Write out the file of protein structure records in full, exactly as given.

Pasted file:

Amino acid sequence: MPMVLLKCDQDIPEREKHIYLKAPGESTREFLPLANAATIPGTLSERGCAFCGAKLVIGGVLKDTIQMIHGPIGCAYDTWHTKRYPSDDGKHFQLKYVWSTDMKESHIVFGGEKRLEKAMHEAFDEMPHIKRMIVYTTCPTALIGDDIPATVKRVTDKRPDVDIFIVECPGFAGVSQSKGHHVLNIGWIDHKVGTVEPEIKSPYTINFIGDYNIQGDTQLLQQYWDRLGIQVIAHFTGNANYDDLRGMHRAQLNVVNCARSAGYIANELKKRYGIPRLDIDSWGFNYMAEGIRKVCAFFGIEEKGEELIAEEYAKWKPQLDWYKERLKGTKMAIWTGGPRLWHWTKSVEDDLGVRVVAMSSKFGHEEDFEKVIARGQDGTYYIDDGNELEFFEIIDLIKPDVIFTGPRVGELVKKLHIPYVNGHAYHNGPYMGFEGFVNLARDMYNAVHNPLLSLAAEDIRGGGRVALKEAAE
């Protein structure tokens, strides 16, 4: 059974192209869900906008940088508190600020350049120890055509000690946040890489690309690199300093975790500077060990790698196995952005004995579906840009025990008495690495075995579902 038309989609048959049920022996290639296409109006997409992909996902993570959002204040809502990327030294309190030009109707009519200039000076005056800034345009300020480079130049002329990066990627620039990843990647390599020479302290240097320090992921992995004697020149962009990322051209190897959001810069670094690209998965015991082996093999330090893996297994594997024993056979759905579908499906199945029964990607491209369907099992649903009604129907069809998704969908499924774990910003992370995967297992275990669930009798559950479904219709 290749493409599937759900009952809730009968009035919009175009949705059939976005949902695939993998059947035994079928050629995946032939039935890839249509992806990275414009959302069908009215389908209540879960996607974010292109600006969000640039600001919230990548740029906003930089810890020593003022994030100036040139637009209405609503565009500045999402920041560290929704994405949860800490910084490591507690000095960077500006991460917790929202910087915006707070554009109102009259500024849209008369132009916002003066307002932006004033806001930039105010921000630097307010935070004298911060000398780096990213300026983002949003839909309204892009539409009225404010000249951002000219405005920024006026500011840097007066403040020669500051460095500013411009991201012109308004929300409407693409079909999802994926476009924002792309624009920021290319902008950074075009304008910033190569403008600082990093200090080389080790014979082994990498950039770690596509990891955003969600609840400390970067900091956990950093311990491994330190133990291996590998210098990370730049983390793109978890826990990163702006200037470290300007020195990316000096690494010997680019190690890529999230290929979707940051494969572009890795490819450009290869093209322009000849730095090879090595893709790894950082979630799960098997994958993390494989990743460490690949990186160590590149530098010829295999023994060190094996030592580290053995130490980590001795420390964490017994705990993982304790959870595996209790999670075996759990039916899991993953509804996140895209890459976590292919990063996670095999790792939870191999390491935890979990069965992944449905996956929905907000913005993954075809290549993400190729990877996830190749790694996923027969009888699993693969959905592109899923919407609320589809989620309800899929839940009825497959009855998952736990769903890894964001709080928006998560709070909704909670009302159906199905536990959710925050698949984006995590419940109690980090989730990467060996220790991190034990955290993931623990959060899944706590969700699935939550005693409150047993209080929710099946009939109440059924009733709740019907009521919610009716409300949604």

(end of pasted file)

Amino acid sequence: MPMVLLKCDQDIPEREKHIYLKAPGESTREFLPLANAATIPGTLSERGCAFCGAKLVIGGVLKDTIQMIHGPIGCAYDTWHTKRYPSDDGKHFQLKYVWSTDMKESHIVFGGEKRLEKAMHEAFDEMPHIKRMIVYTTCPTALIGDDIPATVKRVTDKRPDVDIFIVECPGFAGVSQSKGHHVLNIGWIDHKVGTVEPEIKSPYTINFIGDYNIQGDTQLLQQYWDRLGIQVIAHFTGNANYDDLRGMHRAQLNVVNCARSAGYIANELKKRYGIPRLDIDSWGFNYMAEGIRKVCAFFGIEEKGEELIAEEYAKWKPQLDWYKERLKGTKMAIWTGGPRLWHWTKSVEDDLGVRVVAMSSKFGHEEDFEKVIARGQDGTYYIDDGNELEFFEIIDLIKPDVIFTGPRVGELVKKLHIPYVNGHAYHNGPYMGFEGFVNLARDMYNAVHNPLLSLAAEDIRGGGRVALKEAAE
């Protein structure tokens, strides 16, 4: 059974192209869900906008940088508190600020350049120890055509000690946040890489690309690199300093975790500077060990790698196995952005004995579906840009025990008495690495075995579902 038309989609048959049920022996290639296409109006997409992909996902993570959002204040809502990327030294309190030009109707009519200039000076005056800034345009300020480079130049002329990066990627620039990843990647390599020479302290240097320090992921992995004697020149962009990322051209190897959001810069670094690209998965015991082996093999330090893996297994594997024993056979759905579908499906199945029964990607491209369907099992649903009604129907069809998704969908499924774990910003992370995967297992275990669930009798559950479904219709 290749493409599937759900009952809730009968009035919009175009949705059939976005949902695939993998059947035994079928050629995946032939039935890839249509992806990275414009959302069908009215389908209540879960996607974010292109600006969000640039600001919230990548740029906003930089810890020593003022994030100036040139637009209405609503565009500045999402920041560290929704994405949860800490910084490591507690000095960077500006991460917790929202910087915006707070554009109102009259500024849209008369132009916002003066307002932006004033806001930039105010921000630097307010935070004298911060000398780096990213300026983002949003839909309204892009539409009225404010000249951002000219405005920024006026500011840097007066403040020669500051460095500013411009991201012109308004929300409407693409079909999802994926476009924002792309624009920021290319902008950074075009304008910033190569403008600082990093200090080389080790014979082994990498950039770690596509990891955003969600609840400390970067900091956990950093311990491994330190133990291996590998210098990370730049983390793109978890826990990163702006200037470290300007020195990316000096690494010997680019190690890529999230290929979707940051494969572009890795490819450009290869093209322009000849730095090879090595893709790894950082979630799960098997994958993390494989990743460490690949990186160590590149530098010829295999023994060190094996030592580290053995130490980590001795420390964490017994705990993982304790959870595996209790999670075996759990039916899991993953509804996140895209890459976590292919990063996670095999790792939870191999390491935890979990069965992944449905996956929905907000913005993954075809290549993400190729990877996830190749790694996923027969009888699993693969959905592109899923919407609320589809989620309800899929839940009825497959009855998952736990769903890894964001709080928006998560709070909704909670009302159906199905536990959710925050698949984006995590419940109690980090989730990467060996220790991190034990955290993931623990959060899944706590969700699935939550005693409150047993209080929710099946009939109440059924009733709740019907009521919610009716409300949604």